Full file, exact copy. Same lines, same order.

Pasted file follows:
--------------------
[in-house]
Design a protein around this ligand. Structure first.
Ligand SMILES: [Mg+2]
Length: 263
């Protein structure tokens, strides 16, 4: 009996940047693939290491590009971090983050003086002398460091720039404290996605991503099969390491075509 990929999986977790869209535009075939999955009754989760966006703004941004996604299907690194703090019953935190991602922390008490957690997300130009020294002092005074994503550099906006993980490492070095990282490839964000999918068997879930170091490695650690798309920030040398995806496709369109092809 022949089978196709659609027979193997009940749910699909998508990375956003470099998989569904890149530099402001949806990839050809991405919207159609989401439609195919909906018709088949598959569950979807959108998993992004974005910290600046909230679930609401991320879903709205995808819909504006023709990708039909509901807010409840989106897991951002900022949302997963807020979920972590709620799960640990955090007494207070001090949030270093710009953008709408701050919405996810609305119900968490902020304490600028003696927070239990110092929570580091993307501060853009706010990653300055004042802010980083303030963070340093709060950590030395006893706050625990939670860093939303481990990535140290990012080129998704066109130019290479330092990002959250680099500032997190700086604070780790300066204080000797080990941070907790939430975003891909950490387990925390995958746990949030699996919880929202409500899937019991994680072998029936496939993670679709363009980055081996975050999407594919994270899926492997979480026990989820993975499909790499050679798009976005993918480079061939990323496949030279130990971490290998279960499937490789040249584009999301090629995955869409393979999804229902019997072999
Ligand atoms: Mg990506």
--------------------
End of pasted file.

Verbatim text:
[in-house]
Design a protein around this ligand. Structure first.
Ligand SMILES: [Mg+2]
Length: 263
């Protein structure tokens, strides 16, 4: 009996940047693939290491590009971090983050003086002398460091720039404290996605991503099969390491075509 990929999986977790869209535009075939999955009754989760966006703004941004996604299907690194703090019953935190991602922390008490957690997300130009020294002092005074994503550099906006993980490492070095990282490839964000999918068997879930170091490695650690798309920030040398995806496709369109092809 022949089978196709659609027979193997009940749910699909998508990375956003470099998989569904890149530099402001949806990839050809991405919207159609989401439609195919909906018709088949598959569950979807959108998993992004974005910290600046909230679930609401991320879903709205995808819909504006023709990708039909509901807010409840989106897991951002900022949302997963807020979920972590709620799960640990955090007494207070001090949030270093710009953008709408701050919405996810609305119900968490902020304490600028003696927070239990110092929570580091993307501060853009706010990653300055004042802010980083303030963070340093709060950590030395006893706050625990939670860093939303481990990535140290990012080129998704066109130019290479330092990002959250680099500032997190700086604070780790300066204080000797080990941070907790939430975003891909950490387990925390995958746990949030699996919880929202409500899937019991994680072998029936496939993670679709363009980055081996975050999407594919994270899926492997979480026990989820993975499909790499050679798009976005993918480079061939990323496949030279130990971490290998279960499937490789040249584009999301090629995955869409393979999804229902019997072999
Ligand atoms: Mg990506």